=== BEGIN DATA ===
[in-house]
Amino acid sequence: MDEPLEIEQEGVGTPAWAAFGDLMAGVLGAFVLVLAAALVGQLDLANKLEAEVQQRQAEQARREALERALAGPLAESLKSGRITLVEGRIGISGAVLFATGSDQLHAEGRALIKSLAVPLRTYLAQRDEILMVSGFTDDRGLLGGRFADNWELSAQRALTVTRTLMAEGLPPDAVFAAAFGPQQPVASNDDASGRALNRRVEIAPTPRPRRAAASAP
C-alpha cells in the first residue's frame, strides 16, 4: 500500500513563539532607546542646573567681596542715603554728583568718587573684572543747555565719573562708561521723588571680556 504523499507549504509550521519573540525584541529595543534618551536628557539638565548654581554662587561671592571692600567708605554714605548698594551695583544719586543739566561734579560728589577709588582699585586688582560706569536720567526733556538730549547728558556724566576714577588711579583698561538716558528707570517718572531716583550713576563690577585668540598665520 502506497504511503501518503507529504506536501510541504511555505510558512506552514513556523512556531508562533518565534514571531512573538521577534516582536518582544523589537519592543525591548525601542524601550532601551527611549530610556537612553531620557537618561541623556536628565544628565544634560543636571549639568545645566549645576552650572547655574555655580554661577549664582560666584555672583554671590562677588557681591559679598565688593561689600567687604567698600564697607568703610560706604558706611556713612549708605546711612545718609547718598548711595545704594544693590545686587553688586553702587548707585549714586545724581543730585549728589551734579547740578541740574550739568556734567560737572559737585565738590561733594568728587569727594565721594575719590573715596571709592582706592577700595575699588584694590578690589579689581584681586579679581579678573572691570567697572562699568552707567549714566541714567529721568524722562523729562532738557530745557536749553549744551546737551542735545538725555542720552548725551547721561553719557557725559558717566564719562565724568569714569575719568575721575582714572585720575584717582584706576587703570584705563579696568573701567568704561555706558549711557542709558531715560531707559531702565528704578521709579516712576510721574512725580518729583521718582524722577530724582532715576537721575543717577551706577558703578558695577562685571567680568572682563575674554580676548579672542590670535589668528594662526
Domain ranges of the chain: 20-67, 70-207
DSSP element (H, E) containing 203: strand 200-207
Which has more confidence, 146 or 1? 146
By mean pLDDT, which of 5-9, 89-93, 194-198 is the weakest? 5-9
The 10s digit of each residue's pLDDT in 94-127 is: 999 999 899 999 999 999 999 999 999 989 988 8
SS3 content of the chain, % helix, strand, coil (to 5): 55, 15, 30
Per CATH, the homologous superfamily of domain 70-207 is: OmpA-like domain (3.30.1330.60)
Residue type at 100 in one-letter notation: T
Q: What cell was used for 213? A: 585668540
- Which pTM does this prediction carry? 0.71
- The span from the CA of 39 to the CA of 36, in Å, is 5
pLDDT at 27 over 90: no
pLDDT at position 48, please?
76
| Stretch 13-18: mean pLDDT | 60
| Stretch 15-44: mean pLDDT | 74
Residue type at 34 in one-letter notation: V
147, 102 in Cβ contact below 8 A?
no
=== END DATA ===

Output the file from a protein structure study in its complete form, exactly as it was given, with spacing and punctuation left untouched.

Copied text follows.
[in-house]
Amino acid sequence: MDEPLEIEQEGVGTPAWAAFGDLMAGVLGAFVLVLAAALVGQLDLANKLEAEVQQRQAEQARREALERALAGPLAESLKSGRITLVEGRIGISGAVLFATGSDQLHAEGRALIKSLAVPLRTYLAQRDEILMVSGFTDDRGLLGGRFADNWELSAQRALTVTRTLMAEGLPPDAVFAAAFGPQQPVASNDDASGRALNRRVEIAPTPRPRRAAASAP
C-alpha cells in the first residue's frame, strides 16, 4: 500500500513563539532607546542646573567681596542715603554728583568718587573684572543747555565719573562708561521723588571680556 504523499507549504509550521519573540525584541529595543534618551536628557539638565548654581554662587561671592571692600567708605554714605548698594551695583544719586543739566561734579560728589577709588582699585586688582560706569536720567526733556538730549547728558556724566576714577588711579583698561538716558528707570517718572531716583550713576563690577585668540598665520 502506497504511503501518503507529504506536501510541504511555505510558512506552514513556523512556531508562533518565534514571531512573538521577534516582536518582544523589537519592543525591548525601542524601550532601551527611549530610556537612553531620557537618561541623556536628565544628565544634560543636571549639568545645566549645576552650572547655574555655580554661577549664582560666584555672583554671590562677588557681591559679598565688593561689600567687604567698600564697607568703610560706604558706611556713612549708605546711612545718609547718598548711595545704594544693590545686587553688586553702587548707585549714586545724581543730585549728589551734579547740578541740574550739568556734567560737572559737585565738590561733594568728587569727594565721594575719590573715596571709592582706592577700595575699588584694590578690589579689581584681586579679581579678573572691570567697572562699568552707567549714566541714567529721568524722562523729562532738557530745557536749553549744551546737551542735545538725555542720552548725551547721561553719557557725559558717566564719562565724568569714569575719568575721575582714572585720575584717582584706576587703570584705563579696568573701567568704561555706558549711557542709558531715560531707559531702565528704578521709579516712576510721574512725580518729583521718582524722577530724582532715576537721575543717577551706577558703578558695577562685571567680568572682563575674554580676548579672542590670535589668528594662526
Domain ranges of the chain: 20-67, 70-207
DSSP element (H, E) containing 203: strand 200-207
Which has more confidence, 146 or 1? 146
By mean pLDDT, which of 5-9, 89-93, 194-198 is the weakest? 5-9
The 10s digit of each residue's pLDDT in 94-127 is: 999 999 899 999 999 999 999 999 999 989 988 8
SS3 content of the chain, % helix, strand, coil (to 5): 55, 15, 30
Per CATH, the homologous superfamily of domain 70-207 is: OmpA-like domain (3.30.1330.60)
Residue type at 100 in one-letter notation: T
Q: What cell was used for 213? A: 585668540
- Which pTM does this prediction carry? 0.71
- The span from the CA of 39 to the CA of 36, in Å, is 5
pLDDT at 27 over 90: no
pLDDT at position 48, please?
76
| Stretch 13-18: mean pLDDT | 60
| Stretch 15-44: mean pLDDT | 74
Residue type at 34 in one-letter notation: V
147, 102 in Cβ contact below 8 A?
no